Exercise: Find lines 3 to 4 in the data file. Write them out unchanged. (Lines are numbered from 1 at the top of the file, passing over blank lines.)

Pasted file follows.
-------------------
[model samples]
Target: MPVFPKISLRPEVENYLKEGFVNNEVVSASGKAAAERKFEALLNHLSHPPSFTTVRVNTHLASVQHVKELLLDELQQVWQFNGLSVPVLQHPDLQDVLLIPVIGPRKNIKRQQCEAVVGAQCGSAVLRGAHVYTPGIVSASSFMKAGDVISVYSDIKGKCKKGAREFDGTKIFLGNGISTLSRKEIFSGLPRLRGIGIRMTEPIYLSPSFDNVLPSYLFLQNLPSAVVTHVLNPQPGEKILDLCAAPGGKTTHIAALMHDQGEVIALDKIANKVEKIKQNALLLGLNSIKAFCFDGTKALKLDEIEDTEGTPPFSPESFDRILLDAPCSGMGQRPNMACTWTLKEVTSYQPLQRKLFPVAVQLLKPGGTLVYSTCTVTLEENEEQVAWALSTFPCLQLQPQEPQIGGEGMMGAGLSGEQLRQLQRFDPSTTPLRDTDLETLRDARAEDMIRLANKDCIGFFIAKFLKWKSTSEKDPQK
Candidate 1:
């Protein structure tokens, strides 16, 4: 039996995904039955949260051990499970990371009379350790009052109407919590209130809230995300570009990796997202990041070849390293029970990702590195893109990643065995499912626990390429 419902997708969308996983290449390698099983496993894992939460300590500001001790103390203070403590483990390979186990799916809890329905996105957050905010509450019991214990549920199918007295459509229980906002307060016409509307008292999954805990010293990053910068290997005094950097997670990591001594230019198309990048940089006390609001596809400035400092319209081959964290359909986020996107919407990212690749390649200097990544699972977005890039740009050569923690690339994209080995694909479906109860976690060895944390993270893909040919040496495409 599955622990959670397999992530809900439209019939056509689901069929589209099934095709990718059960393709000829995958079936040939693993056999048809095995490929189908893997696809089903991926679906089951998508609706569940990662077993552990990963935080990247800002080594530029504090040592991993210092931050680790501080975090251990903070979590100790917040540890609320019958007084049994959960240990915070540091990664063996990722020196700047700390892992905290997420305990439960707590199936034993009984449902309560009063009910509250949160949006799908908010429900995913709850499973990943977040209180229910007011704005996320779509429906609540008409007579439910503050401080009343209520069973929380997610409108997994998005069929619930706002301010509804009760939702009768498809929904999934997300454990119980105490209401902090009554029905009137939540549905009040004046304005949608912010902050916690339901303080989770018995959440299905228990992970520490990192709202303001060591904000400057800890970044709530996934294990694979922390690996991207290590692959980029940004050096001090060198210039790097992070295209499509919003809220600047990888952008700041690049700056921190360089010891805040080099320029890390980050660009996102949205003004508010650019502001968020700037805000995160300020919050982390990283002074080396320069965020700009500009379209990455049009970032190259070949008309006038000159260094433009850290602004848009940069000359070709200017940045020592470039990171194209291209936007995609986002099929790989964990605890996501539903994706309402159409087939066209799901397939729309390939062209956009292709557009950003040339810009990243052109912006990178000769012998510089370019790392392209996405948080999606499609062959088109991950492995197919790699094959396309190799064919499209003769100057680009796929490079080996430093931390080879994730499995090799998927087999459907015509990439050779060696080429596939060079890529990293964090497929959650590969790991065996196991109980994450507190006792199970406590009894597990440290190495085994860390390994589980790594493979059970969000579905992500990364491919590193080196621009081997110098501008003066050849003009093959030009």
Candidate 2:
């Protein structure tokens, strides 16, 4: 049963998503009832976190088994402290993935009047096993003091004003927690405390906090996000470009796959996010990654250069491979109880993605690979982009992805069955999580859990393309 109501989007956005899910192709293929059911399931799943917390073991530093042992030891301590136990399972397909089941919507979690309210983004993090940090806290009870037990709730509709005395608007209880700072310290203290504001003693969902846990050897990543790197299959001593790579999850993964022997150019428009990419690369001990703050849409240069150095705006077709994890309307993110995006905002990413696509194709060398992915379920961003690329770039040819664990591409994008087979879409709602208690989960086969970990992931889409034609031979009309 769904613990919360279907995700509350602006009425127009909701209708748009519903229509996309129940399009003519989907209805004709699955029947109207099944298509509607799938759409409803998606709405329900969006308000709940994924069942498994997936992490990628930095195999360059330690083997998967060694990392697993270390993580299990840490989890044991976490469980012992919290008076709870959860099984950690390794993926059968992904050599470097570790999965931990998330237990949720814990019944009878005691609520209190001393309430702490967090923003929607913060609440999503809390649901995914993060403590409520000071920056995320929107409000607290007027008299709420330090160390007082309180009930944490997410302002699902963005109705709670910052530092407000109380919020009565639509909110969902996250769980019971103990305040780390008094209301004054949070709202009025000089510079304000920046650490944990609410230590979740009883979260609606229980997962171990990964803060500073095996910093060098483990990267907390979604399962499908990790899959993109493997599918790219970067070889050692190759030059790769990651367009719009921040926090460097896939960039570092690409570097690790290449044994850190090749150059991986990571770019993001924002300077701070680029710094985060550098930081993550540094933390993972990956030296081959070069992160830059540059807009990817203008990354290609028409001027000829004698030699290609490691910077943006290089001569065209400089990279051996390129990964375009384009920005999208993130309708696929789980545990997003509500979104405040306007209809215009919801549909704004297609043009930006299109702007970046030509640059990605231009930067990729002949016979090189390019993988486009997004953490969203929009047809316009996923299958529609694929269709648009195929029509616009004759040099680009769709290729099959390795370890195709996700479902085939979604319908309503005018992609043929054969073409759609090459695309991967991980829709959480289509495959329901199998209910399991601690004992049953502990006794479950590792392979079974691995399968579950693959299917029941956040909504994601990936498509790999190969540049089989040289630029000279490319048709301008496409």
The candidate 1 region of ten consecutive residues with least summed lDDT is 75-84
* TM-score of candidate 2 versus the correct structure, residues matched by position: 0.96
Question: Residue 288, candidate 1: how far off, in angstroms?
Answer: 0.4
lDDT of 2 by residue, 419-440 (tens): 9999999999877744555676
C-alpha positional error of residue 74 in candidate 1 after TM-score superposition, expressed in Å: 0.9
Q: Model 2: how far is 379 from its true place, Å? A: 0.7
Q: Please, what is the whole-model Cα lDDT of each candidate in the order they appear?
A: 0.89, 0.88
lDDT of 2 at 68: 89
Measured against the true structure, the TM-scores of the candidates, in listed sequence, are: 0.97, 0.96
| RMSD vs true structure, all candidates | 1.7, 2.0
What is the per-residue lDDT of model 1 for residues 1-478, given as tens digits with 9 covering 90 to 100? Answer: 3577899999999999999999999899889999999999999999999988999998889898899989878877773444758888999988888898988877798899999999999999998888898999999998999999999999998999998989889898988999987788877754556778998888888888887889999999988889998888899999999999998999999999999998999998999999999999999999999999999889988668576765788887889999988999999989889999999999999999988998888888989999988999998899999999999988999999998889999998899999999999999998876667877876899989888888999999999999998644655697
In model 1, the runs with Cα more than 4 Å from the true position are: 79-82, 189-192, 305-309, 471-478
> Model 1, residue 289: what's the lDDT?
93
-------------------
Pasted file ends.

Candidate 1:
């Protein structure tokens, strides 16, 4: 039996995904039955949260051990499970990371009379350790009052109407919590209130809230995300570009990796997202990041070849390293029970990702590195893109990643065995499912626990390429 419902997708969308996983290449390698099983496993894992939460300590500001001790103390203070403590483990390979186990799916809890329905996105957050905010509450019991214990549920199918007295459509229980906002307060016409509307008292999954805990010293990053910068290997005094950097997670990591001594230019198309990048940089006390609001596809400035400092319209081959964290359909986020996107919407990212690749390649200097990544699972977005890039740009050569923690690339994209080995694909479906109860976690060895944390993270893909040919040496495409 599955622990959670397999992530809900439209019939056509689901069929589209099934095709990718059960393709000829995958079936040939693993056999048809095995490929189908893997696809089903991926679906089951998508609706569940990662077993552990990963935080990247800002080594530029504090040592991993210092931050680790501080975090251990903070979590100790917040540890609320019958007084049994959960240990915070540091990664063996990722020196700047700390892992905290997420305990439960707590199936034993009984449902309560009063009910509250949160949006799908908010429900995913709850499973990943977040209180229910007011704005996320779509429906609540008409007579439910503050401080009343209520069973929380997610409108997994998005069929619930706002301010509804009760939702009768498809929904999934997300454990119980105490209401902090009554029905009137939540549905009040004046304005949608912010902050916690339901303080989770018995959440299905228990992970520490990192709202303001060591904000400057800890970044709530996934294990694979922390690996991207290590692959980029940004050096001090060198210039790097992070295209499509919003809220600047990888952008700041690049700056921190360089010891805040080099320029890390980050660009996102949205003004508010650019502001968020700037805000995160300020919050982390990283002074080396320069965020700009500009379209990455049009970032190259070949008309006038000159260094433009850290602004848009940069000359070709200017940045020592470039990171194209291209936007995609986002099929790989964990605890996501539903994706309402159409087939066209799901397939729309390939062209956009292709557009950003040339810009990243052109912006990178000769012998510089370019790392392209996405948080999606499609062959088109991950492995197919790699094959396309190799064919499209003769100057680009796929490079080996430093931390080879994730499995090799998927087999459907015509990439050779060696080429596939060079890529990293964090497929959650590969790991065996196991109980994450507190006792199970406590009894597990440290190495085994860390390994589980790594493979059970969000579905992500990364491919590193080196621009081997110098501008003066050849003009093959030009």